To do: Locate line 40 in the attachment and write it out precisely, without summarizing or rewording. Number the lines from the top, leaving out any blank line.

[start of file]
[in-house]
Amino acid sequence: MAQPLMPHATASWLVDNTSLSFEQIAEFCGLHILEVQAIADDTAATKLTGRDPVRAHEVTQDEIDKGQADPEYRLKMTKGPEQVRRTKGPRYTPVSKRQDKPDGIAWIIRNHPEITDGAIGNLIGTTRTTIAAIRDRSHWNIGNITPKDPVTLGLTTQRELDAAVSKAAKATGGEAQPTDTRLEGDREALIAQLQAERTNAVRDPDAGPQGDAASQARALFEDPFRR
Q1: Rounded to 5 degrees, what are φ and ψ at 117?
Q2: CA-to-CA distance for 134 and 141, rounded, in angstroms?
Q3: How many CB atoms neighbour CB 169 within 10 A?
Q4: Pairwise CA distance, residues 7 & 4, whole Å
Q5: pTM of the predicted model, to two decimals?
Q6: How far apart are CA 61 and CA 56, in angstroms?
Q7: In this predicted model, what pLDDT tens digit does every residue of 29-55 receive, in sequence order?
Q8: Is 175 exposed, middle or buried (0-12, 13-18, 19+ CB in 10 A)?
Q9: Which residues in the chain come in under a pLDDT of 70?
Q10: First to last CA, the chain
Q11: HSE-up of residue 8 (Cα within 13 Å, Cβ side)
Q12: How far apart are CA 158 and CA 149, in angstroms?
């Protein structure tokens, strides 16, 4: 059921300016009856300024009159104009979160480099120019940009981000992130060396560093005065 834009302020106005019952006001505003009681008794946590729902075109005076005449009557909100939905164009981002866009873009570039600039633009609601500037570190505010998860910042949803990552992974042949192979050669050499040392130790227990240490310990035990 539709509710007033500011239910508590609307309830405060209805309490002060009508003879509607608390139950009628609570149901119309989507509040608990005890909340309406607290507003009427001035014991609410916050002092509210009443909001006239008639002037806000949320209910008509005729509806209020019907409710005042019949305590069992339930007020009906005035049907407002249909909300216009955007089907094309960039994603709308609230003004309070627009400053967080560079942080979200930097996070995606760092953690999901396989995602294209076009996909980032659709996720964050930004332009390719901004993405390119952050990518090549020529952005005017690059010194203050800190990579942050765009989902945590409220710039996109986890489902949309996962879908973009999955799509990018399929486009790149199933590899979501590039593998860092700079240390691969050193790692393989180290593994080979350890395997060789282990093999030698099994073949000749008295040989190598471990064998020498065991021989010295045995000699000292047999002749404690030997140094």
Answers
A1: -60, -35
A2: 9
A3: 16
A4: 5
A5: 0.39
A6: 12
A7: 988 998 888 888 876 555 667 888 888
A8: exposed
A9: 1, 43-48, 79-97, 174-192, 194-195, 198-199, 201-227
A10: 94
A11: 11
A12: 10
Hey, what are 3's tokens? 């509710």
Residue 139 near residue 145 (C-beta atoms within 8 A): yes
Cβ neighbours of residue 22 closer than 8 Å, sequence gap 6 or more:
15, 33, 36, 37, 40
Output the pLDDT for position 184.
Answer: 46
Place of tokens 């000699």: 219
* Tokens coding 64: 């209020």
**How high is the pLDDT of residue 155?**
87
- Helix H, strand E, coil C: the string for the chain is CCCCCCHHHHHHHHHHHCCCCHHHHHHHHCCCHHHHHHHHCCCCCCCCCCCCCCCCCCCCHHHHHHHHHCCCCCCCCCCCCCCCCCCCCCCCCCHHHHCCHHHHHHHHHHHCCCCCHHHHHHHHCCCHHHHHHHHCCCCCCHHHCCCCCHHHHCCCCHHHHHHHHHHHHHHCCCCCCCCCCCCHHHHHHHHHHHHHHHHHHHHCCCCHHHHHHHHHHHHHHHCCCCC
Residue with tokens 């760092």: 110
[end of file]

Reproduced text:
Residue with tokens 């760092």: 110